Analysis: China’s three big advantages in a trade war
China has chosen a modest retaliatory strike to President Donald Trump’s threat to slap tariffs on $US50 billion worth of Chinese imports to the US.
A hodge-podge of US exports worth about $US3 billion a year could now face tariffs.
China’s initial reaction is probably cautious because, as ever, it’s not clear how much of Mr Trump’s strategy is a negotiating feint, or how much he could follow through with even if he wants to
But if a trade war does get serious, China has several advantages:
1. Xi Jinping doesn’t have to face voters
Announcing tariffs will probably lead to a short-term bump in Mr Trump’s support. Most economists will point out the obvious flaws in his schoolboy economics, yet it's seen as tough and proactive. But how much appetite Americans will actually have for paying more for their cars (as the price of steel rises), or more for their iPhones or basically anything they can buy at a Walmart remains to be seen.
The president wants local manufacturing jobs to return to their 1960 level. But the truth is most are never coming back. They’ve been lost to automation and America’s transformation to a services economy. Apple doesn’t have American workers who screw iPhones together; it does design and market them and own all the IP and take all the profit, and create hundreds of thousands of jobs in apps.
Yes, Apple and others can be bullied into moving some manufacturing to the US (and offered some corporate tax cut carrots – though it’s notable nearly all the big tech companies already pay an effective tax rate below 21%) but it barely move the needle, and Mr Trump will need big results before he faces re-election battle in 2020.
More pressingly, the Republican majority in Congress – which can put a leash on the president, to a degree – faces the ballot box in November (when every seat in the House of Representatives and a third of Senate seats are up for grabs). Any economic pain or chaos from a trade war could be keenly felt at a time when by-elections and polls this year indicate Democrats are already poised to make gains.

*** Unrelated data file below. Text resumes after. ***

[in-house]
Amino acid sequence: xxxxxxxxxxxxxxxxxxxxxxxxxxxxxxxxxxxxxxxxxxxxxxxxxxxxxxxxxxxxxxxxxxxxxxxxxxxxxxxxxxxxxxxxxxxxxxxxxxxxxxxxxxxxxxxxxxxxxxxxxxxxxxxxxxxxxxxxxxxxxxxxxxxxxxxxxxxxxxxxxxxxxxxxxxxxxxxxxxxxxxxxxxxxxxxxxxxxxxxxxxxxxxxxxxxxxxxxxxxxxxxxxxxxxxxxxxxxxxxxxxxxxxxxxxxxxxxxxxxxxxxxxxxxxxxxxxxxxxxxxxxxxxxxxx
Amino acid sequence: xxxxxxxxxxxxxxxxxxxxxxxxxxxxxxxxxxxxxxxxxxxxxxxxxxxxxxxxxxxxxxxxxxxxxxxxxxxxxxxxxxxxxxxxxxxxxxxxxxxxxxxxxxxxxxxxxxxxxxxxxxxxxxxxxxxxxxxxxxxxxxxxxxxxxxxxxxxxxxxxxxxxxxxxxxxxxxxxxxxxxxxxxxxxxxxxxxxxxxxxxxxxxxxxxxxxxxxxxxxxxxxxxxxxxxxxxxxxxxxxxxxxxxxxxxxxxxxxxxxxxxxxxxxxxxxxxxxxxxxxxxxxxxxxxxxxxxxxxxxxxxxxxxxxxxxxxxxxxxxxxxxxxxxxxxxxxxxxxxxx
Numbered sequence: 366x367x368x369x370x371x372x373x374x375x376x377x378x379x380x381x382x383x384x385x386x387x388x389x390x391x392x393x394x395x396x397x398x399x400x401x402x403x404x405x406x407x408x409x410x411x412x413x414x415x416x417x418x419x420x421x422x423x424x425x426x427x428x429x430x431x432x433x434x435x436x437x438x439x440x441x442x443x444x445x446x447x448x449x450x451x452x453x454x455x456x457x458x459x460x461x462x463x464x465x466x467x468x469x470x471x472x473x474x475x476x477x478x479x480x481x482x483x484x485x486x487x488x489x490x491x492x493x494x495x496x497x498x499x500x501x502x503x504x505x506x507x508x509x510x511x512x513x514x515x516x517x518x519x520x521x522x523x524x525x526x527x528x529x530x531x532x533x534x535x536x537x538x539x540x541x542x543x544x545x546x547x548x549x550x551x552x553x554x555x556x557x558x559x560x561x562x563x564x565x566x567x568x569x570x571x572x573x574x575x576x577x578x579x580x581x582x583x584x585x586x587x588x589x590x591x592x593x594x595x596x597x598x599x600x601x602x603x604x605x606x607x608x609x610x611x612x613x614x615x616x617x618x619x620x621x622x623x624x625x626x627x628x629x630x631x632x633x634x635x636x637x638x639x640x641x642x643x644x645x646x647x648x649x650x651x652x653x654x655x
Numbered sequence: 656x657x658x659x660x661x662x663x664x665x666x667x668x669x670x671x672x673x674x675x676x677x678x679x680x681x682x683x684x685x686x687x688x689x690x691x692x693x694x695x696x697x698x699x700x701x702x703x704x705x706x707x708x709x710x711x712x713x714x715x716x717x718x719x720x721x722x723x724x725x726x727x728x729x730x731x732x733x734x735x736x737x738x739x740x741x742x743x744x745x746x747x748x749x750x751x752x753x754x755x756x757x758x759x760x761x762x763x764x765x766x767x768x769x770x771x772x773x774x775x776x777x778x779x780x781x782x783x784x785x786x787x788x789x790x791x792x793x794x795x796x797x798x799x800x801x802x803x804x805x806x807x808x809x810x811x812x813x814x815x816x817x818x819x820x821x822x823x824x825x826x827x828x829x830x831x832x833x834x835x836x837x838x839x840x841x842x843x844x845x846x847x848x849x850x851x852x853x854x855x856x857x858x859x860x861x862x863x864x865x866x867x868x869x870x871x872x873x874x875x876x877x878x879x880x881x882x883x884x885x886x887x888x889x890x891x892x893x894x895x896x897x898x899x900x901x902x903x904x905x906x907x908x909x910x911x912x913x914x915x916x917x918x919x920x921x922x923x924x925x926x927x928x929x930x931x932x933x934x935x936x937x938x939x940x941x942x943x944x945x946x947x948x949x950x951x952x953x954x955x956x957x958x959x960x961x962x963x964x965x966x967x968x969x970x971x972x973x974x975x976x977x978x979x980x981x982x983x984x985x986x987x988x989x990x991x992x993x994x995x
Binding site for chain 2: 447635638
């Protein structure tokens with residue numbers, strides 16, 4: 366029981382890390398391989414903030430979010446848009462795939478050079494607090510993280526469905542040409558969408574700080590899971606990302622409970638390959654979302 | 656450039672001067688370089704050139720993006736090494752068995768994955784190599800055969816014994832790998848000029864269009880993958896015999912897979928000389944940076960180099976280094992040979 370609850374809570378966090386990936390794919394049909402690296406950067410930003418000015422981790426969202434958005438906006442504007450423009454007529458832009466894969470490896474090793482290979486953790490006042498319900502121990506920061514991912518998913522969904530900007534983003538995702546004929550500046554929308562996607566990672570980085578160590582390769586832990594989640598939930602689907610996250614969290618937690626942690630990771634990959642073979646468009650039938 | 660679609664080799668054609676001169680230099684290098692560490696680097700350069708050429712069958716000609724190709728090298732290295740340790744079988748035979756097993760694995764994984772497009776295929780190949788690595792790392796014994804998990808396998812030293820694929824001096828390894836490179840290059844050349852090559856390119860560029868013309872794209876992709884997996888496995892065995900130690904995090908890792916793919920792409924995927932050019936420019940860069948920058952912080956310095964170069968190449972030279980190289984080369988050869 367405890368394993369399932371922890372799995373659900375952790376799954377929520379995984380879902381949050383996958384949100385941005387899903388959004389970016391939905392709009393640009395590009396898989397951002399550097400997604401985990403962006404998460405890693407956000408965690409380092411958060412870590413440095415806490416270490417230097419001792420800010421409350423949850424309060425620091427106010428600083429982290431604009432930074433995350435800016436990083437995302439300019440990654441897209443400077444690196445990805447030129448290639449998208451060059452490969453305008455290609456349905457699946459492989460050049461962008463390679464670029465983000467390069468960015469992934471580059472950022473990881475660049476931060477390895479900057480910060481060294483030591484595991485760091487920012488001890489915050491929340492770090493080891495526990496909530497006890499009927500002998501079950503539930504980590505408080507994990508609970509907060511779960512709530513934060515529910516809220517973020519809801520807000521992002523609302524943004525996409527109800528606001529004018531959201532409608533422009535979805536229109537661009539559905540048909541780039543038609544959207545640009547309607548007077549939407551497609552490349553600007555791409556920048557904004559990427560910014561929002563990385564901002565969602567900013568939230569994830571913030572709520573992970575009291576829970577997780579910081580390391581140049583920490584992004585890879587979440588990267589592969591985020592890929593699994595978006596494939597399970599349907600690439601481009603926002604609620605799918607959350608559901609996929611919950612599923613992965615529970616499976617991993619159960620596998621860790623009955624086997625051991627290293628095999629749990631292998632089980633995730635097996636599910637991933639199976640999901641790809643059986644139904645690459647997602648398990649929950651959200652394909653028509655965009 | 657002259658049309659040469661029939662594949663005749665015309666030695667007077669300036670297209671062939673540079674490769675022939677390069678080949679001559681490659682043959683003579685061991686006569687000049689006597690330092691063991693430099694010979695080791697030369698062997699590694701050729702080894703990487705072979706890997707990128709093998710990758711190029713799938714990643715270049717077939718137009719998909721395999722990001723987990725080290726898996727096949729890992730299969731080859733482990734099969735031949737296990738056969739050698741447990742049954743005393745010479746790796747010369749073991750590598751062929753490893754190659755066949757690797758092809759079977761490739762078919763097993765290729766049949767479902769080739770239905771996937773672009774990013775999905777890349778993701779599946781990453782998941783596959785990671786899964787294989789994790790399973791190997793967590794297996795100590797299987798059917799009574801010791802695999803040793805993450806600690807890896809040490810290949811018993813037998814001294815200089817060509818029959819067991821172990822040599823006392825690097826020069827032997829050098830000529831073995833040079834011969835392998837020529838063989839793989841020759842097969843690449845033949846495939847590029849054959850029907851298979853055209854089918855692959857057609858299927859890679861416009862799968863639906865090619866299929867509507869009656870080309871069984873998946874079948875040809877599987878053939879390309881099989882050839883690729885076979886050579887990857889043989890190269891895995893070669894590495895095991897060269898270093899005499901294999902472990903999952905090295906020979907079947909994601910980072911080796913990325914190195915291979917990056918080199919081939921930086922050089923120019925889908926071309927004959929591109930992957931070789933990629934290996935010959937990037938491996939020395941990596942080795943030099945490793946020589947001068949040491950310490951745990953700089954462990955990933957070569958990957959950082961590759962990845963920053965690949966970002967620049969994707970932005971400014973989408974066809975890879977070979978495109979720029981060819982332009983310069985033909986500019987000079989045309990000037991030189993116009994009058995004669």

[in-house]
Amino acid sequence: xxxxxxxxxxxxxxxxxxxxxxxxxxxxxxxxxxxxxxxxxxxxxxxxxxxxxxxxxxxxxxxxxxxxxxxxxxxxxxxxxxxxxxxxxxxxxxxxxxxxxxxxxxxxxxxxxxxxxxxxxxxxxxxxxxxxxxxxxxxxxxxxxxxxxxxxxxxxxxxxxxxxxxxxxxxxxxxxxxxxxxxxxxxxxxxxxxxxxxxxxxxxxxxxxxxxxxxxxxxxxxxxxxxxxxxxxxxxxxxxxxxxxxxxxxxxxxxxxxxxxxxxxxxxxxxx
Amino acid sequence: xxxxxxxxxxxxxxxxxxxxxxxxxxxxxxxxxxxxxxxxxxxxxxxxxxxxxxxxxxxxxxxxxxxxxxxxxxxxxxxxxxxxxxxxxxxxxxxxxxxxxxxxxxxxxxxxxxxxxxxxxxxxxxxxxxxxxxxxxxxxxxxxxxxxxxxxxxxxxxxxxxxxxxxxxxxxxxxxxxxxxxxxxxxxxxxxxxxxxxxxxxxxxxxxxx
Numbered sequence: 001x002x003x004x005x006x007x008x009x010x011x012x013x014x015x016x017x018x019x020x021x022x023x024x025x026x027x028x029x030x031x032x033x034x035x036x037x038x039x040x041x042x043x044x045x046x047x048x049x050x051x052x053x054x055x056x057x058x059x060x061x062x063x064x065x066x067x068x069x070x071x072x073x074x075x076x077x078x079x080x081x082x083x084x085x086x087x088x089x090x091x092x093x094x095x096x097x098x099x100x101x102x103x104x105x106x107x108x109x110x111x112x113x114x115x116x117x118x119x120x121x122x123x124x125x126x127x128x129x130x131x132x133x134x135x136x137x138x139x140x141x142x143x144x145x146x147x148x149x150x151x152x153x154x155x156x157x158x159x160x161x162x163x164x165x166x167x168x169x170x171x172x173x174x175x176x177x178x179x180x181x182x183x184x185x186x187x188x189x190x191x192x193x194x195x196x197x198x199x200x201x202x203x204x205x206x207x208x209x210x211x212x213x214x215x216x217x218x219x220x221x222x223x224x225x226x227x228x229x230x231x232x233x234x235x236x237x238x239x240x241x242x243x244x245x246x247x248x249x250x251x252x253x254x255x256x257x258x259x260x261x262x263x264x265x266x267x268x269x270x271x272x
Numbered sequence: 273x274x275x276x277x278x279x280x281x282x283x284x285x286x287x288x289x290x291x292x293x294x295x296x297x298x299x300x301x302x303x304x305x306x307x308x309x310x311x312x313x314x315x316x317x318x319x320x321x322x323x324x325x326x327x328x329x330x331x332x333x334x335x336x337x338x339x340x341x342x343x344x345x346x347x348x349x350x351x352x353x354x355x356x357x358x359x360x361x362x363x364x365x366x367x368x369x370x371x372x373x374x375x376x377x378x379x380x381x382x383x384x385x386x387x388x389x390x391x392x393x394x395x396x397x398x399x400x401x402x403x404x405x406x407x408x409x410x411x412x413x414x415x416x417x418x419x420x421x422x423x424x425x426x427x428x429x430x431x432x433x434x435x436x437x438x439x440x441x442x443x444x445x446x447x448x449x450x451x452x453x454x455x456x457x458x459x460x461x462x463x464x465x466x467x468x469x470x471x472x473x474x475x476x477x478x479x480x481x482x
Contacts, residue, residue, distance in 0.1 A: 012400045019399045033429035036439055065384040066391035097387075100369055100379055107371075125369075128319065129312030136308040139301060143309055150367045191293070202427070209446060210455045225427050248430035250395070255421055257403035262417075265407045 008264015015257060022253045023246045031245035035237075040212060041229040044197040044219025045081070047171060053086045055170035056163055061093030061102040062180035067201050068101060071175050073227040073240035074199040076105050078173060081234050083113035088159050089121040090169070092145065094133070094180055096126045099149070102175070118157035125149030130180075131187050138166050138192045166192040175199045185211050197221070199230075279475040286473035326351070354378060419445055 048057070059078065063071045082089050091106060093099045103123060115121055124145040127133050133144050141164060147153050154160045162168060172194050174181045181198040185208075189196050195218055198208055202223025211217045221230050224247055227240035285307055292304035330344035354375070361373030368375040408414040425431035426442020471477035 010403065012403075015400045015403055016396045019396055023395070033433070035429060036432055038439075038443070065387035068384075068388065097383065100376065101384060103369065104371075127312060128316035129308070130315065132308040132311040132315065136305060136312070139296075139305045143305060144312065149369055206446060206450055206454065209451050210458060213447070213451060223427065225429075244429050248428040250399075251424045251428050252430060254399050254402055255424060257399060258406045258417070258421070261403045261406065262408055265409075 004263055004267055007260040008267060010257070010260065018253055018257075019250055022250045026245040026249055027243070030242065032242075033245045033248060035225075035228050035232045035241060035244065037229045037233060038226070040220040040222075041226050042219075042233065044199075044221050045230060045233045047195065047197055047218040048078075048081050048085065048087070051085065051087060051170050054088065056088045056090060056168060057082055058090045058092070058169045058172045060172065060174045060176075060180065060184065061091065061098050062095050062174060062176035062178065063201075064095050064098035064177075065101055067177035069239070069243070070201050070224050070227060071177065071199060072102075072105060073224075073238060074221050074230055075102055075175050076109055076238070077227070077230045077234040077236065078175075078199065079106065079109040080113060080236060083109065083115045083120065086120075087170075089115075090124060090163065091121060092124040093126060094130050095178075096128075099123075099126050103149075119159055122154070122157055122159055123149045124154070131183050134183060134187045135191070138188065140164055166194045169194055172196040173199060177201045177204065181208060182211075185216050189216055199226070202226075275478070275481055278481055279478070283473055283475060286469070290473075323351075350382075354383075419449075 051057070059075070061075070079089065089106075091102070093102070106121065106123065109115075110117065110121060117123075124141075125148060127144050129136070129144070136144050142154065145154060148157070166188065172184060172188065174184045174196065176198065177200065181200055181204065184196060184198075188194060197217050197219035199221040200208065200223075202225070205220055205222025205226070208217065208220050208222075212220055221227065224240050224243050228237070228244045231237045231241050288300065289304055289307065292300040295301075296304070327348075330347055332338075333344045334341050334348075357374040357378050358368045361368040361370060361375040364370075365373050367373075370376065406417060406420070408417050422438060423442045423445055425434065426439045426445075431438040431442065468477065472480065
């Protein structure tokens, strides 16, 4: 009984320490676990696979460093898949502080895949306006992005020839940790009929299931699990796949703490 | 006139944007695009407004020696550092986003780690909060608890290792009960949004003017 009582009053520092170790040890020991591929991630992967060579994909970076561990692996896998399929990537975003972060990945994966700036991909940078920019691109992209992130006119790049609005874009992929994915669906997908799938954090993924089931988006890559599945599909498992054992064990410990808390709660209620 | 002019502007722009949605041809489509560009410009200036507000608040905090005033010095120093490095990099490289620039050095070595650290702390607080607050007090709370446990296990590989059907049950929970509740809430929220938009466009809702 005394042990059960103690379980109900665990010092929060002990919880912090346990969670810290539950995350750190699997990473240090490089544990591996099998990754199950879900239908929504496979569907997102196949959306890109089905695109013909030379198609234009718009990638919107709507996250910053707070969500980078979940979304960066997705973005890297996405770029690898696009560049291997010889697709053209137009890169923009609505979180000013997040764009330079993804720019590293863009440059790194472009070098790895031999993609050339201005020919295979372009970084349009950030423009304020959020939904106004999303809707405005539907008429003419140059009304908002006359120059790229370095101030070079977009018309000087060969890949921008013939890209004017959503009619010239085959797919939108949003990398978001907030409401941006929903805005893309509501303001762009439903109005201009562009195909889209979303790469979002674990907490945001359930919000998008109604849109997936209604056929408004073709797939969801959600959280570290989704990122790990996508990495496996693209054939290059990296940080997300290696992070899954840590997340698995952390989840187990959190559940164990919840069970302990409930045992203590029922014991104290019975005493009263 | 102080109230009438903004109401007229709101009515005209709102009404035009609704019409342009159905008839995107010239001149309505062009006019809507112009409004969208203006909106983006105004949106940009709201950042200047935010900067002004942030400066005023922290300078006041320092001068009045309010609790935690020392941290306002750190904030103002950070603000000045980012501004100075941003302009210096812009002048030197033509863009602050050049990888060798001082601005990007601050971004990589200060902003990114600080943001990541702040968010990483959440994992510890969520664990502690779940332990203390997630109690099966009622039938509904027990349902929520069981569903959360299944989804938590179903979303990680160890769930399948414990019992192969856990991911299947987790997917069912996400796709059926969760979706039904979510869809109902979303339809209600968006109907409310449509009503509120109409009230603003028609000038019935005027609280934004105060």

China’s President Xi Jinping, who recently abolished term limits, faces no such limitation. Yes, to a degree he has to keep an inner circle of his party’s hierarchy happy but the ballot box and media is not a problem, nor are the banks. If it comes down to a war of attrition, he holds all the cards.
Yes, the repressive nature of the Xi regime would well ultimately bite him on the bum as a rising middle class gets restless. But revolutionary change is likely years or even decades away. Republicans face the ballot box in November.
The Dow Jones Industrial Average.
2. Wall Street is hurting
Wall Street just had its worst week in two years. In part, it was because of the president’s inability to reign in the federal deficit (despite his tweets about exercising a veto on Friday morning, he signed a $US1.3 trillion spending bill in the afternoon).
Another decline on Friday meant the Dow Jones Industrial Average has now fallen more than 1400 points over five days, a 5.7% decline.